Healing at the Periphery. Ethnographies of Tibetan Medicine in India
Edité par Laurent Pordié (Cermes3) et Stephan Kloos
12 janvier 2022
© Duke University Press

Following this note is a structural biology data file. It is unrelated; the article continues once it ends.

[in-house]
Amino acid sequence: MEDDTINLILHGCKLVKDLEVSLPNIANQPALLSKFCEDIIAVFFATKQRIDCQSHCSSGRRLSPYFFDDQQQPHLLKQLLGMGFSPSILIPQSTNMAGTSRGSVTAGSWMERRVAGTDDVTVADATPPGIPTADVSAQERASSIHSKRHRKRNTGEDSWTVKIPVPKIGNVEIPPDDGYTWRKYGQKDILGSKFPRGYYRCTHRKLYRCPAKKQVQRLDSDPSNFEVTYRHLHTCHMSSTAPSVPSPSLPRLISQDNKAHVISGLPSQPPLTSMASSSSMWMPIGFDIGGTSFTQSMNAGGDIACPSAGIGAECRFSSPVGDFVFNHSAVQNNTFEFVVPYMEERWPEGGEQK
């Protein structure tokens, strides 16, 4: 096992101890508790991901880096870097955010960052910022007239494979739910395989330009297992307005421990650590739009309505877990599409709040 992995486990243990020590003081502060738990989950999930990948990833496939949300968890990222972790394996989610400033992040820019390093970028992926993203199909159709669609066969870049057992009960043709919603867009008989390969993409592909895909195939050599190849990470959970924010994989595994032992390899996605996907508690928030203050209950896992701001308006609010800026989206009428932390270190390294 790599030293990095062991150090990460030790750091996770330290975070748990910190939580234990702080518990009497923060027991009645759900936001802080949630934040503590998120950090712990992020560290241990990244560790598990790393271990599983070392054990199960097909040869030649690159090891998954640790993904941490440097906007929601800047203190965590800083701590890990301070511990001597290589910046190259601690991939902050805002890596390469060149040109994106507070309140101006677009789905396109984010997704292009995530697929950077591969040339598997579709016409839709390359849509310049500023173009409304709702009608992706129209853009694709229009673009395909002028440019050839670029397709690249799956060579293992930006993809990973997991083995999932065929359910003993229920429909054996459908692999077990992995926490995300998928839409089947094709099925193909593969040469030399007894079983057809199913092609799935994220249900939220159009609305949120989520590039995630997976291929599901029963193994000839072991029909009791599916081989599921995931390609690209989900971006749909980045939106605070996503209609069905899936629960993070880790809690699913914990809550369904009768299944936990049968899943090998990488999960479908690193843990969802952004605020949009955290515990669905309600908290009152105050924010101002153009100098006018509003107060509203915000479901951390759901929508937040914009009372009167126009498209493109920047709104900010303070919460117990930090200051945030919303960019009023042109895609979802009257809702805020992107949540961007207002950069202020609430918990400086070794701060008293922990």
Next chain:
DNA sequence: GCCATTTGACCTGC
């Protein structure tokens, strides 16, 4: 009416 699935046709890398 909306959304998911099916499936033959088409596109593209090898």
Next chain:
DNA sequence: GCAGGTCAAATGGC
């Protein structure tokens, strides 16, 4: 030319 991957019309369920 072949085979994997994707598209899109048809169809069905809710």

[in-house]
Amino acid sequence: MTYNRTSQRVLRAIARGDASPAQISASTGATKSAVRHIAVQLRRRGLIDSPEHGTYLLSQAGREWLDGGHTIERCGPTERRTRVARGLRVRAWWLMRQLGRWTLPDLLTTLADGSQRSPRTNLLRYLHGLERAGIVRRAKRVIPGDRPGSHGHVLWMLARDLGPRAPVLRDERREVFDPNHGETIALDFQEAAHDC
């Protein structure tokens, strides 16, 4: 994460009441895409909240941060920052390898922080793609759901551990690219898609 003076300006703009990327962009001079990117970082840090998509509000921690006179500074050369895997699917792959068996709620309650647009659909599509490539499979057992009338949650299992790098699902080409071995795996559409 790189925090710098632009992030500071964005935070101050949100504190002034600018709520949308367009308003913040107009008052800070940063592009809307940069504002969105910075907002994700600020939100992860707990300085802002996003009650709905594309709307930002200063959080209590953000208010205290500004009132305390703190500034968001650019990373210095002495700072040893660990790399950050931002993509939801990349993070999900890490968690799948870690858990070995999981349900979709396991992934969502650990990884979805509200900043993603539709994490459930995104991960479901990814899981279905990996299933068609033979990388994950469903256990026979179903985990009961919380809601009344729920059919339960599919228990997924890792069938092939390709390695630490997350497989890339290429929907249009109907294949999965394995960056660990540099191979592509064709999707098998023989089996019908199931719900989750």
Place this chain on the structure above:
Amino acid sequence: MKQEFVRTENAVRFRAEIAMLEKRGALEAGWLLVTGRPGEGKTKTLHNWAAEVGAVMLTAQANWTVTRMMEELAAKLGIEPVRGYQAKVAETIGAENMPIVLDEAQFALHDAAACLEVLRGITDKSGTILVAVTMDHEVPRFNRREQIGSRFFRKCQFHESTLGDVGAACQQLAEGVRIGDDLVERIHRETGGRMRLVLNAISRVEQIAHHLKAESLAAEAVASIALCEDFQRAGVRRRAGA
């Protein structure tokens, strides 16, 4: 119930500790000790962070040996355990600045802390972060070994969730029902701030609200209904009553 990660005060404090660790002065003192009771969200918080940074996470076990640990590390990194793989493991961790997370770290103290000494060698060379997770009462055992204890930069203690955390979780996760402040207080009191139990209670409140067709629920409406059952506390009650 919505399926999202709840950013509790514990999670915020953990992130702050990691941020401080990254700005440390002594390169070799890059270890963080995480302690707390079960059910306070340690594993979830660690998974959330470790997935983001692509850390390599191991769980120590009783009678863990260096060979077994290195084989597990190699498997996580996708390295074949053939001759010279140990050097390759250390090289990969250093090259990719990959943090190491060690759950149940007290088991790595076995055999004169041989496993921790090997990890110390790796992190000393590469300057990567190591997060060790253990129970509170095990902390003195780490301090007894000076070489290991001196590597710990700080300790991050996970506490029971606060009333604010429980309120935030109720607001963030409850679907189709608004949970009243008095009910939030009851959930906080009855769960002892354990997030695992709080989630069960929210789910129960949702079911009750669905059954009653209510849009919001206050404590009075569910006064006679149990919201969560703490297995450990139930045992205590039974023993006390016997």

India has long occupied an important place in Tibetan medicine's history and development. However, Indian Himalayan practitioners of Tibetan medicine, or amchi, have largely remained overlooked at the Tibetan medical periphery, despite playing a central social and medical role in their communities. Power and legitimacy, religion and economic development, biomedical encounters and Indian geopolitics all intersect in the work and identities of contemporary Himalayan amchi. This volume examines the crucial moment of crisis and transformation that occurred in the early 2000s to offer insights into the beginnings of Tibetan medicine's professionalization, industrialization, and official recognition in India and elsewhere. Based on fine-grained ethnographic studies in Ladakh, Zangskar, Sikkim, and the Darjeeling Hills, Healing at the Periphery asks how the dynamics of capitalism, social change, and the encounter with biomedicine affect small communities on the fringes of modern India, and, conversely, what local transformations of Tibetan medicine tell us about contemporary society and health care in the Himalayas and the Tibetan world.